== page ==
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A briefe discription of New England and the severa

MAVERICK'S

DESCRIPTION OF NEW ENGLAND.

A BRIEFE

DISCRIPTION OF NEW ENGLAND

AND THE

SEVERALL TOWNES THEREIN

TOGETHER WITH

THE PRESENT GOVERNMENT THEREOF.

[From a Manuscript written in 1660 by Samuel Maverick, and recently discovered in the British Museum by Henry F. Waters, A.B.]

[1885]

BOSTON:

PRESS OF DAVID CLAPP & SON.

PREFACE.

BY JOHN WARD DEAN.

The Committee on English Research of the New England Historic Genealogical Society called attention in their last annual report to the fact that there were in England many important documents relating to the American colonies, as well as manuscript maps hitherto unknown to historical investigators. They urged upon the society the desirability of having exact copies of them made now while we have in Mr. Henry Fitz-Gilbert Waters an experienced American antiquary resident in London. This statement has been most strikingly verified by the recent discovery by Mr. Waters of the Winthrop map--one of the most valuable contributions yet made to our early colonial history--notices of which appeared in the Proceedings of the Massachusetts Historical Society for June, 1884, and in the REGISTER for July, 1884 (xxxviii. 342).

The manuscript "Description of New England," which is here printed, is a still more important discovery. Though it bears neither name nor date, there is internal evidence that it was written in the year 1660, after the return of Charles II., by Samuel Maverick, afterwards one of the king's commissioners. Maverick, when Winthrop and his company arrived, was settled at Noddle's Island, now East Boston, and was known to have been here some years before. The date of his arrival in New England has hitherto been unknown. This manuscript gives it as 1624. Maverick was then about twenty-two years old.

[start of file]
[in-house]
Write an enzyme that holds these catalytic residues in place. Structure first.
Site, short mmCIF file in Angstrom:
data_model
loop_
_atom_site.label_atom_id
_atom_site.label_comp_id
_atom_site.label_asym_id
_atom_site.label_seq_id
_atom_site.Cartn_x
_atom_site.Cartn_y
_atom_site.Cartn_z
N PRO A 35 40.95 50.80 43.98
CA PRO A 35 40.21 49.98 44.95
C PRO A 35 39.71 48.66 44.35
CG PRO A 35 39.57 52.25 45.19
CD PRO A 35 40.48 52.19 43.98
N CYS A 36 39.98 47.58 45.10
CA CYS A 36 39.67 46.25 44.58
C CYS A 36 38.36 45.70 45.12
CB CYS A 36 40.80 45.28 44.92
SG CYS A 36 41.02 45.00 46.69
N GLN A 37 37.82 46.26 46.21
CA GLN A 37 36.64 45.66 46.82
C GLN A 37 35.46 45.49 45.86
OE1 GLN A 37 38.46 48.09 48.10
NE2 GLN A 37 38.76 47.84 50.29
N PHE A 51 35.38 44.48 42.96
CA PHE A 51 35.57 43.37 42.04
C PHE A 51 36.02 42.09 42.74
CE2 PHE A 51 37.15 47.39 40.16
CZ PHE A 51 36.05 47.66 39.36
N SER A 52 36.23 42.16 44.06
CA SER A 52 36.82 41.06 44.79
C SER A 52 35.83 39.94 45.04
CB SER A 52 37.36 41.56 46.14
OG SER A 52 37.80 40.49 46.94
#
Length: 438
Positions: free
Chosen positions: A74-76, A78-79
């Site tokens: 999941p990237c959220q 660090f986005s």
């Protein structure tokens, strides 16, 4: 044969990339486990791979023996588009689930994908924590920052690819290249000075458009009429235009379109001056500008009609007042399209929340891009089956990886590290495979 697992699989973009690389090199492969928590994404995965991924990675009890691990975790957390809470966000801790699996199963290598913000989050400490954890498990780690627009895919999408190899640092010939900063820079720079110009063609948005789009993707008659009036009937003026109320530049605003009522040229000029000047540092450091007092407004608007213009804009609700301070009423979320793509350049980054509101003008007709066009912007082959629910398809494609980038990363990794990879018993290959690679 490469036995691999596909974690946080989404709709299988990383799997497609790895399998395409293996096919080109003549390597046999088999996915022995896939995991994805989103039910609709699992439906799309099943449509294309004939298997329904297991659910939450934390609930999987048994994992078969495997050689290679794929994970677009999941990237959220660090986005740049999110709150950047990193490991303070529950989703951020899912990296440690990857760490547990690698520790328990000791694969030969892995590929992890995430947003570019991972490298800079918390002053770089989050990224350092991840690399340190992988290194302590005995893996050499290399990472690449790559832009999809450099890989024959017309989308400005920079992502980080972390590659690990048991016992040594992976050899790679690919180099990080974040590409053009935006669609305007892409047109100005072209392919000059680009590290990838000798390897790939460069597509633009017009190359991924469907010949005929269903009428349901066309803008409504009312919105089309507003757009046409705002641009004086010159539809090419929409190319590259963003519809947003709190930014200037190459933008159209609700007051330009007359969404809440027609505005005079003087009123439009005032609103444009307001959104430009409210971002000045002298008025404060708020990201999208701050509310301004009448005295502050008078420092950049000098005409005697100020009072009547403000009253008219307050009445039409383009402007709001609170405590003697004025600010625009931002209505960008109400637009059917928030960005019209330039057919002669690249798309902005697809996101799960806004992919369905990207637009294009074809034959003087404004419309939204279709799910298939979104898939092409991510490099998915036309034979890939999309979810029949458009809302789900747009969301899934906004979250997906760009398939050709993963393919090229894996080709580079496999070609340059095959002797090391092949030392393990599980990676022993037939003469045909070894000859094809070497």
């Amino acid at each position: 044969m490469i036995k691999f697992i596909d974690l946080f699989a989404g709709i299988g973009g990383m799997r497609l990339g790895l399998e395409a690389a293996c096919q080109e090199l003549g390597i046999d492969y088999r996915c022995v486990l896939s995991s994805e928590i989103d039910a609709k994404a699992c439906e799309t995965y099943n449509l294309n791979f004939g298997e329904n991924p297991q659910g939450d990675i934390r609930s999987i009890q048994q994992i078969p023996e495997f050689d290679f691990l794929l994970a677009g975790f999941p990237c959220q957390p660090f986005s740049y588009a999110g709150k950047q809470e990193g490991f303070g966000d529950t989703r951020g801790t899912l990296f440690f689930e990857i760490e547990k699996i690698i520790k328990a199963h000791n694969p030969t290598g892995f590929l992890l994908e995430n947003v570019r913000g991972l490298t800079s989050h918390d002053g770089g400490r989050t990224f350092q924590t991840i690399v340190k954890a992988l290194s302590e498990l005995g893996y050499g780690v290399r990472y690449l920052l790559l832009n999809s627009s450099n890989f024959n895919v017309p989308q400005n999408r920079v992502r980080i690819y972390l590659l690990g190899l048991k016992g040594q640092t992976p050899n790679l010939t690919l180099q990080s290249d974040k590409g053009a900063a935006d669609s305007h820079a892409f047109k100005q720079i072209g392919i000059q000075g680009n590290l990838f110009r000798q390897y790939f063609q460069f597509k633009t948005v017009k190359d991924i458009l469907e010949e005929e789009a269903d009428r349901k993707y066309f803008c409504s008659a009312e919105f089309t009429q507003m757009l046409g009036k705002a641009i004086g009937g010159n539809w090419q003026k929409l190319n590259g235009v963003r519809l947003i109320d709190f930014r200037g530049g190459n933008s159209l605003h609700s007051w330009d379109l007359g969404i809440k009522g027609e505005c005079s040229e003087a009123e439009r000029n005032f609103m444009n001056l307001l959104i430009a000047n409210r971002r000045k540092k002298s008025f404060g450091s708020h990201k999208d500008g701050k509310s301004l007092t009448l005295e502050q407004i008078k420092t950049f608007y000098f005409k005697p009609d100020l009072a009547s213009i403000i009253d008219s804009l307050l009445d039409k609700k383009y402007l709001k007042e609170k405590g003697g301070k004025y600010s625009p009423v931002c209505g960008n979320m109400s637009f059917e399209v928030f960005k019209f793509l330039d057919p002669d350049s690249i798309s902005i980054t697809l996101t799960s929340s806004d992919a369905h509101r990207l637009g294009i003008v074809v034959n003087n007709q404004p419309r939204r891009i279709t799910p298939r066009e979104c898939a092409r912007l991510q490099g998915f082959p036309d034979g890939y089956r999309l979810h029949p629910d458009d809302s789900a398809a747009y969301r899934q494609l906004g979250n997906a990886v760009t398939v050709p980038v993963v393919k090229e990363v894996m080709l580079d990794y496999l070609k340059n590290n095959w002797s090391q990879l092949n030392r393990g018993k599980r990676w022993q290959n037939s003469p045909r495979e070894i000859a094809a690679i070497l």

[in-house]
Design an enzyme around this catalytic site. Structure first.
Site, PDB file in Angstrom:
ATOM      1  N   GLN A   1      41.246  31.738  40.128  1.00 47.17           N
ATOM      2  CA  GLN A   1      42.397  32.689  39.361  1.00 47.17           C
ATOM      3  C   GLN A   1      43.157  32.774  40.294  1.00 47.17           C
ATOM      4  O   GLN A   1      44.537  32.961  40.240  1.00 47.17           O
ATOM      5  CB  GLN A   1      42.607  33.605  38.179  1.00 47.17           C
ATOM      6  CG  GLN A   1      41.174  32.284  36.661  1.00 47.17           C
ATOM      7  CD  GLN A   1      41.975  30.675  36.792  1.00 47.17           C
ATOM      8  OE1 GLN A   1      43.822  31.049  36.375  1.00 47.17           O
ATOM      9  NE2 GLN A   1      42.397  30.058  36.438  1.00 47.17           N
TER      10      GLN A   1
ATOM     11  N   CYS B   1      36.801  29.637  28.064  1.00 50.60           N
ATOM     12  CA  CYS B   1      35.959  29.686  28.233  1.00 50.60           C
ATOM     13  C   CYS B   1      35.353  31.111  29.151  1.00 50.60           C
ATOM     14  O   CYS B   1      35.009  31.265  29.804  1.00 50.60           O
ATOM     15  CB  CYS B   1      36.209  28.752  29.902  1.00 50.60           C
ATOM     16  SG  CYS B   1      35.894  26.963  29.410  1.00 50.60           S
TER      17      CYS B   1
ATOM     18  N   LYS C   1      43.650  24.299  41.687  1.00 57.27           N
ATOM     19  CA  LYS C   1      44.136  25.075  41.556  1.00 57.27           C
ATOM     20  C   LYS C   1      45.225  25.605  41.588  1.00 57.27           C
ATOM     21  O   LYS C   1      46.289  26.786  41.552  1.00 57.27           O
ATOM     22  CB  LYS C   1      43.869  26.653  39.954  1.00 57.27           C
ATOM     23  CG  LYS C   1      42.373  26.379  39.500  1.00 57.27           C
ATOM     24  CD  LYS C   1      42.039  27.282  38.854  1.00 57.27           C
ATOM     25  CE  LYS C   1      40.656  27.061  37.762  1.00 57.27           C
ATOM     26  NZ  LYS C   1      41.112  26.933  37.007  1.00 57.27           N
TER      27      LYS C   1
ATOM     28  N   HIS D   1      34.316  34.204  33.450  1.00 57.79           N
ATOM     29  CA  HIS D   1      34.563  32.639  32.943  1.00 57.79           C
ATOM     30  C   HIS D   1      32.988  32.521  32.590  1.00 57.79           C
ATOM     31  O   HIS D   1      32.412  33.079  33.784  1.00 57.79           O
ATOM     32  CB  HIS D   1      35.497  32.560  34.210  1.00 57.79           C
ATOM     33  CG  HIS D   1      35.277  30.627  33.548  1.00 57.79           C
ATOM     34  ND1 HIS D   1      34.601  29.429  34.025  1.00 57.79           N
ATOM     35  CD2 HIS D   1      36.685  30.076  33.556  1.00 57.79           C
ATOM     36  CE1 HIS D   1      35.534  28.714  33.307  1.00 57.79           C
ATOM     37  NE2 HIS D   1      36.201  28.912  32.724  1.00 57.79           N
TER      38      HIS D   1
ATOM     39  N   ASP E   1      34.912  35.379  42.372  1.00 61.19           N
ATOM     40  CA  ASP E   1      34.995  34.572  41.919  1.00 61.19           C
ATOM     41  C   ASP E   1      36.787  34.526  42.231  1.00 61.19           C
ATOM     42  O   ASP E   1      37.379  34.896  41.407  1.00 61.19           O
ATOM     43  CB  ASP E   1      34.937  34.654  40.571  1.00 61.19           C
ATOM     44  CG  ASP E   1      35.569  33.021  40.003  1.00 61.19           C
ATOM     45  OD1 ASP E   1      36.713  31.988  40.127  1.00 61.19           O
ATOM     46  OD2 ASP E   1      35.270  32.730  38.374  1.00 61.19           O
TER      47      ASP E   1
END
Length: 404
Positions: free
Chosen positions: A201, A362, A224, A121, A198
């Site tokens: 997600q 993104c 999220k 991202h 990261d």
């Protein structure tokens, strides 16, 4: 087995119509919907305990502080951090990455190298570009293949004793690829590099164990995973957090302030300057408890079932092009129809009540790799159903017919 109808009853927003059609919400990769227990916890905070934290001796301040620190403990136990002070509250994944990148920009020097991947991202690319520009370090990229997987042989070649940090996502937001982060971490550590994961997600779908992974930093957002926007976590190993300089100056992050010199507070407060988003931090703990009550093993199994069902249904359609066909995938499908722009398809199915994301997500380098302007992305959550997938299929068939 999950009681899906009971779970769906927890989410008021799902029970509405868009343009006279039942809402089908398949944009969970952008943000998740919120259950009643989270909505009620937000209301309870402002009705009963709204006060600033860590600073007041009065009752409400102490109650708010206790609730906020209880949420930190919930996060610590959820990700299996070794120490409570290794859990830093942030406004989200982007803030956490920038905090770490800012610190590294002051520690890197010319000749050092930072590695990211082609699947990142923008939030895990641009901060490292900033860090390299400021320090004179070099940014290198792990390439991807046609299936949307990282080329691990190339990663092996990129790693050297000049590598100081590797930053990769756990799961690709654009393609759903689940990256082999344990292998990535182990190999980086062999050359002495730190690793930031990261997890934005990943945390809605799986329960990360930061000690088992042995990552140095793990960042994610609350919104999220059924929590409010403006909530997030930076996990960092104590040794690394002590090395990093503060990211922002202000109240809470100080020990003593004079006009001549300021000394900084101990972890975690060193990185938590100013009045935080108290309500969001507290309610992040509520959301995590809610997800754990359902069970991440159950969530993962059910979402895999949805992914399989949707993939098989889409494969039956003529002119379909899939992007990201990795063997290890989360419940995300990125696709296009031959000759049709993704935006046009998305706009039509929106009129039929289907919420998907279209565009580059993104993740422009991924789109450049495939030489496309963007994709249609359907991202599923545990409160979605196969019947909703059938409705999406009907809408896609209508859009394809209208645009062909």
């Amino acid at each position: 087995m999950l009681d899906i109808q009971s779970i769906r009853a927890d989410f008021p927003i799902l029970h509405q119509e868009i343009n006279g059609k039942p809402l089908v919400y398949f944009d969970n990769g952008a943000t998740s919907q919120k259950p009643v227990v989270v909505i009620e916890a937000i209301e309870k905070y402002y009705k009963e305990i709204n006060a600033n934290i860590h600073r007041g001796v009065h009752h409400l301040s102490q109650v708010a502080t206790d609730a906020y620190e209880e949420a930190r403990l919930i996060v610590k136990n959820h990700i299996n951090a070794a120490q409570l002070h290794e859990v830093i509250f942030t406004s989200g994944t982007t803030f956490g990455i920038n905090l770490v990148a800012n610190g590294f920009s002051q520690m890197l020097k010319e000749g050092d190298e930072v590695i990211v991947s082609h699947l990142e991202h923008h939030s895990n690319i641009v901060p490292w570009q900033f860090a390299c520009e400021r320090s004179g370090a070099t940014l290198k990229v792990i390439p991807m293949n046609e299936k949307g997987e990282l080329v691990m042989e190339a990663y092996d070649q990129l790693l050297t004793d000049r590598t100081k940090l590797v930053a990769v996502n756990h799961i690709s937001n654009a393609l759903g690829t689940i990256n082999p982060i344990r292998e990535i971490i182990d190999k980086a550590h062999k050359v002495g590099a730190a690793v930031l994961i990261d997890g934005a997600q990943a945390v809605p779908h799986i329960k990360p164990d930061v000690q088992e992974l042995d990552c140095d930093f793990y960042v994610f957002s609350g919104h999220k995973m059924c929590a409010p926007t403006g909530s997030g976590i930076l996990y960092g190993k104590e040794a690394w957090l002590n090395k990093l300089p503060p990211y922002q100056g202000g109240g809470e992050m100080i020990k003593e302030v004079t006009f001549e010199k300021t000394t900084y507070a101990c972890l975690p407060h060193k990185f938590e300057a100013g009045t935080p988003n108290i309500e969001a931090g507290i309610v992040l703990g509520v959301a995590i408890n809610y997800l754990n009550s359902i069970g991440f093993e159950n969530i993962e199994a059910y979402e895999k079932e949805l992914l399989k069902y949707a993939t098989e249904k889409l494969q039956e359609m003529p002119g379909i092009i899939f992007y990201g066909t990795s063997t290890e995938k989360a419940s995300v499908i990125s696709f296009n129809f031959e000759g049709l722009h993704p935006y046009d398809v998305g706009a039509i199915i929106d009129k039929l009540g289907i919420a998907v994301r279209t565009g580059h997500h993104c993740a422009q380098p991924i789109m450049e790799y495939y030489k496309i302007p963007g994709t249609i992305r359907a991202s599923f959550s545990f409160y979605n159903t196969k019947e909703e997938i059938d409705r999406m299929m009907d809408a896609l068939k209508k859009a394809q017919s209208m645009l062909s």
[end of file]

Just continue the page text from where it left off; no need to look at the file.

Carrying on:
An account of New England by one of the first white men who ever settled on the shores of Massachusetts Bay, one of the "old planters" whom Gov. Winthrop found here, is certainly of extraordinary interest to all students of our colonial history. Its fortunate discovery emphasizes in the strongest manner the great importance of the work which Mr. Waters is doing for us in England.

This paper clears up many obscurities in our early New England history, and gives us definite information which we have long desired to obtain. It was probably presented to Sir Edward Hyde, afterwards Earl of Clarendon, who was then Charles the Second's Lord High Chancellor. It may be the paper referred to by Maverick in his letter to the earl, printed in the Collections of the New York Historical Society for 1869, page 19. That letter and others in the same volume should be read in connection with the present paper. They show the persistency displayed by Maverick in his efforts to deprive New England, and particularly Massachusetts, of the right of self-government which had so long been enjoyed here. The same spirit is shown in his letters printed in the third volume of the New York Colonial Documents. The death of Maverick, which occurred between October 15, 1669, and May 15, 1676, did not bring repose to the people of Massachusetts. In the latter year a new assailant of their charter appeared in the person of Edward Randolph (see REGISTER, xxxvi. 155), whose assaults on their liberties did not cease till the charter was wrested from them, and the government under it came to an end May 20, 1686.


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